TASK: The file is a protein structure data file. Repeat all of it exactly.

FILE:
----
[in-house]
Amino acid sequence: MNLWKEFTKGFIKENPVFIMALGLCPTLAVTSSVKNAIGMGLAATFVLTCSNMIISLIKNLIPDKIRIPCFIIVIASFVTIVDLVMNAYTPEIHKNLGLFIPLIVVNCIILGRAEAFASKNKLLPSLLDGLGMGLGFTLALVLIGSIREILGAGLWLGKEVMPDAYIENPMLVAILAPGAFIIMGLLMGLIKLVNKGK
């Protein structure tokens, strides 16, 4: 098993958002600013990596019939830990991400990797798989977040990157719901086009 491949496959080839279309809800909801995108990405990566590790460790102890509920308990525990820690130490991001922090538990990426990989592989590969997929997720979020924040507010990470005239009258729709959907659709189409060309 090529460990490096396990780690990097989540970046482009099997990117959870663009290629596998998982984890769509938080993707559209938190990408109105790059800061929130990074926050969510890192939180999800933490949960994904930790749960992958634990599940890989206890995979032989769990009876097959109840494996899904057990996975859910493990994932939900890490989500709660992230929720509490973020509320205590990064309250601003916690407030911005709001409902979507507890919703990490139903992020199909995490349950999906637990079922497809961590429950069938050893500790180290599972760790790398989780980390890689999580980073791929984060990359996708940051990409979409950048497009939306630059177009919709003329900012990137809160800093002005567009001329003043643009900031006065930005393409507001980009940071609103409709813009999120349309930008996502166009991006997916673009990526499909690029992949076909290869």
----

[in-house]
Amino acid sequence: MNLWKEFTKGFIKENPVFIMALGLCPTLAVTSSVKNAIGMGLAATFVLTCSNMIISLIKNLIPDKIRIPCFIIVIASFVTIVDLVMNAYTPEIHKNLGLFIPLIVVNCIILGRAEAFASKNKLLPSLLDGLGMGLGFTLALVLIGSIREILGAGLWLGKEVMPDAYIENPMLVAILAPGAFIIMGLLMGLIKLVNKGK
């Protein structure tokens, strides 16, 4: 098993958002600013990596019939830990991400990797798989977040990157719901086009 491949496959080839279309809800909801995108990405990566590790460790102890509920308990525990820690130490991001922090538990990426990989592989590969997929997720979020924040507010990470005239009258729709959907659709189409060309 090529460990490096396990780690990097989540970046482009099997990117959870663009290629596998998982984890769509938080993707559209938190990408109105790059800061929130990074926050969510890192939180999800933490949960994904930790749960992958634990599940890989206890995979032989769990009876097959109840494996899904057990996975859910493990994932939900890490989500709660992230929720509490973020509320205590990064309250601003916690407030911005709001409902979507507890919703990490139903992020199909995490349950999906637990079922497809961590429950069938050893500790180290599972760790790398989780980390890689999580980073791929984060990359996708940051990409979409950048497009939306630059177009919709003329900012990137809160800093002005567009001329003043643009900031006065930005393409507001980009940071609103409709813009999120349309930008996502166009991006997916673009990526499909690029992949076909290869």